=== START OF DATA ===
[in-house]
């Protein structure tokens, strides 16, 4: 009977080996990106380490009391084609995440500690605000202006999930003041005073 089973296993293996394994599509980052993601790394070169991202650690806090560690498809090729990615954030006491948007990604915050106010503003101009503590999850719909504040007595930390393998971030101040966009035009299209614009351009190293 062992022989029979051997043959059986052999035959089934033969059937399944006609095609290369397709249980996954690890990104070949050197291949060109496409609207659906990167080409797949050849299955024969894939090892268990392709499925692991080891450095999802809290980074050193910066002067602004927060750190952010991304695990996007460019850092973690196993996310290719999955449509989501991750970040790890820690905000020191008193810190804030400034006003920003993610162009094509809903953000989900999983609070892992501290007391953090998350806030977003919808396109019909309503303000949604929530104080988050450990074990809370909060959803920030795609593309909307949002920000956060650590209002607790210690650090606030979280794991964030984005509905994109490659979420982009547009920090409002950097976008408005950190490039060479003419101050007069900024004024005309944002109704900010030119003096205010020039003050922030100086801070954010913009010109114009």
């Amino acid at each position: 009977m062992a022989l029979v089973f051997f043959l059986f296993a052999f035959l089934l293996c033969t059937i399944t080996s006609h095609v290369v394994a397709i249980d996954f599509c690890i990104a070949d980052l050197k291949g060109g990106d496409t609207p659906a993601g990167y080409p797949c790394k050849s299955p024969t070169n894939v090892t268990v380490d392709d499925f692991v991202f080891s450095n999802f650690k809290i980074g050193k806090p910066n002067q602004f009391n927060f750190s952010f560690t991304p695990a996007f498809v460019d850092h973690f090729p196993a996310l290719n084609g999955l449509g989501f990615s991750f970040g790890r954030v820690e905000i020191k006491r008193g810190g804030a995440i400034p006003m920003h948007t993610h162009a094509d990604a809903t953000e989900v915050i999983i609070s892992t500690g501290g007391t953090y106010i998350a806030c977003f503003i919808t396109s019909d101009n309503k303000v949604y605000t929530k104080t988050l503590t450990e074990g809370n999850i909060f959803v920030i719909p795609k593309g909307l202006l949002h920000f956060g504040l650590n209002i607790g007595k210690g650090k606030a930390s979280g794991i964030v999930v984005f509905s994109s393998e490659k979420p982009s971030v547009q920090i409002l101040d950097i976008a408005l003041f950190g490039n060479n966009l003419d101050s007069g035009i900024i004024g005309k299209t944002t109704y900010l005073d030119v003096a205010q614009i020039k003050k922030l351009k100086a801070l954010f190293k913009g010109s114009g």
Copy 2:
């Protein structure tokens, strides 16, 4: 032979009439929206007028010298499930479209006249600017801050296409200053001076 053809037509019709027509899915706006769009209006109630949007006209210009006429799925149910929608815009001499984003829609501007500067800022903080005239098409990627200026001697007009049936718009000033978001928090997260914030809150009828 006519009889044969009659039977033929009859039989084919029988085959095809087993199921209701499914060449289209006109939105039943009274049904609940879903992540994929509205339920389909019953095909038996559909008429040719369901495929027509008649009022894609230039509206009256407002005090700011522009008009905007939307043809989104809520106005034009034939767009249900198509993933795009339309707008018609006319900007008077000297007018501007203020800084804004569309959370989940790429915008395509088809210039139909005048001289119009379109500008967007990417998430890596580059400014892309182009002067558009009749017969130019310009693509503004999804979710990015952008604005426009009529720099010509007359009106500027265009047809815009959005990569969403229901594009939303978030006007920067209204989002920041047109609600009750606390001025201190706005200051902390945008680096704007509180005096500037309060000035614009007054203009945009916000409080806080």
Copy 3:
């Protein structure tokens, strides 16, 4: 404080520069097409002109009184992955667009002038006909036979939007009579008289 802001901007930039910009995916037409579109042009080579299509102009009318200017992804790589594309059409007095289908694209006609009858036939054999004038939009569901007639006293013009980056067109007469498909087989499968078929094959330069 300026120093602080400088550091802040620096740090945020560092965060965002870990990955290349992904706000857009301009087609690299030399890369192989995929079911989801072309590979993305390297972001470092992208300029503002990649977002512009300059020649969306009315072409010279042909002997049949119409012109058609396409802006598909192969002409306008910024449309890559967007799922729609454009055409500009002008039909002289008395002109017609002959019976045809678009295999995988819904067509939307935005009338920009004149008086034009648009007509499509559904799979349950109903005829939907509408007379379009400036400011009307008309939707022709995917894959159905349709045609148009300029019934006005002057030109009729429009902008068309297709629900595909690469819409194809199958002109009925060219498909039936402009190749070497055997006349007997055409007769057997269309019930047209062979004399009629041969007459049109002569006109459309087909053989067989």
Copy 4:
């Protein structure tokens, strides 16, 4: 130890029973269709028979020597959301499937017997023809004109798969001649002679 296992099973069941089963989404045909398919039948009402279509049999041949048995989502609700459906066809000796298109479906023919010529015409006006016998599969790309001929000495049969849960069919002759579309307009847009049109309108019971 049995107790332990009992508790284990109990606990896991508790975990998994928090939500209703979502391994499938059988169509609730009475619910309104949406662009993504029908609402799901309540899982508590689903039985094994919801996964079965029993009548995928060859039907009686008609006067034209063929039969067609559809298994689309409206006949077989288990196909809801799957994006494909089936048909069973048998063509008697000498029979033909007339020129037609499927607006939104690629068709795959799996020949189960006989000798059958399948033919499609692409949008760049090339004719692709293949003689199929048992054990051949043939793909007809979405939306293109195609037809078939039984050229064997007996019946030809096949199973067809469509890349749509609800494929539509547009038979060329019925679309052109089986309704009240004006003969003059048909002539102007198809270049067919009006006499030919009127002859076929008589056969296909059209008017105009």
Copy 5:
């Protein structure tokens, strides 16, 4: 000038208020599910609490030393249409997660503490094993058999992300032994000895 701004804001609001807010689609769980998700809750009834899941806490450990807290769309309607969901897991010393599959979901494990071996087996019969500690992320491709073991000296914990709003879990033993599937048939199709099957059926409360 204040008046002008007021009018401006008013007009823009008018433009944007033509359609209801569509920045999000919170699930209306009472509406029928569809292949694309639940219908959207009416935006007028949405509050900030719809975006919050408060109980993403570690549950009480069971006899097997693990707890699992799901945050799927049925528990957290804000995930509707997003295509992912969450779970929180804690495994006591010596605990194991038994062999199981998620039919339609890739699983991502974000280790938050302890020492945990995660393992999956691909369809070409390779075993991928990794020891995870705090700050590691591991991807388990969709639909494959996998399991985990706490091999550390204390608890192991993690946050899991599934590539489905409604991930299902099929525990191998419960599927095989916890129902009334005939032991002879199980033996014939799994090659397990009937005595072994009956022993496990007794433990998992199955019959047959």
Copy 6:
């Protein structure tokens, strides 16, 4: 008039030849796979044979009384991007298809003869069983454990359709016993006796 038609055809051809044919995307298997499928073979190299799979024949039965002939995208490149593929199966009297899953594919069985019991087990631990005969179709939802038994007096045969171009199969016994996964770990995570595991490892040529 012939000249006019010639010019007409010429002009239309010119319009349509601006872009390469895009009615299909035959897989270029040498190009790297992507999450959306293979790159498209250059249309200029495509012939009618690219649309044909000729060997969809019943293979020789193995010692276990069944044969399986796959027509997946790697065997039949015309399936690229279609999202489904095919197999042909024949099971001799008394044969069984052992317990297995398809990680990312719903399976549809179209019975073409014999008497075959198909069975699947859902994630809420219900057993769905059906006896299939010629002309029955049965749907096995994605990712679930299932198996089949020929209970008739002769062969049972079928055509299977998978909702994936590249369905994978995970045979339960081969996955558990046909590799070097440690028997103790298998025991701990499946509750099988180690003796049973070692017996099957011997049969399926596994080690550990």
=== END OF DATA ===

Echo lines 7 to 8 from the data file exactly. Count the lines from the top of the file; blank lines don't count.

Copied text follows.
């Protein structure tokens, strides 16, 4: 404080520069097409002109009184992955667009002038006909036979939007009579008289 802001901007930039910009995916037409579109042009080579299509102009009318200017992804790589594309059409007095289908694209006609009858036939054999004038939009569901007639006293013009980056067109007469498909087989499968078929094959330069 300026120093602080400088550091802040620096740090945020560092965060965002870990990955290349992904706000857009301009087609690299030399890369192989995929079911989801072309590979993305390297972001470092992208300029503002990649977002512009300059020649969306009315072409010279042909002997049949119409012109058609396409802006598909192969002409306008910024449309890559967007799922729609454009055409500009002008039909002289008395002109017609002959019976045809678009295999995988819904067509939307935005009338920009004149008086034009648009007509499509559904799979349950109903005829939907509408007379379009400036400011009307008309939707022709995917894959159905349709045609148009300029019934006005002057030109009729429009902008068309297709629900595909690469819409194809199958002109009925060219498909039936402009190749070497055997006349007997055409007769057997269309019930047209062979004399009629041969007459049109002569006109459309087909053989067989």
Copy 4: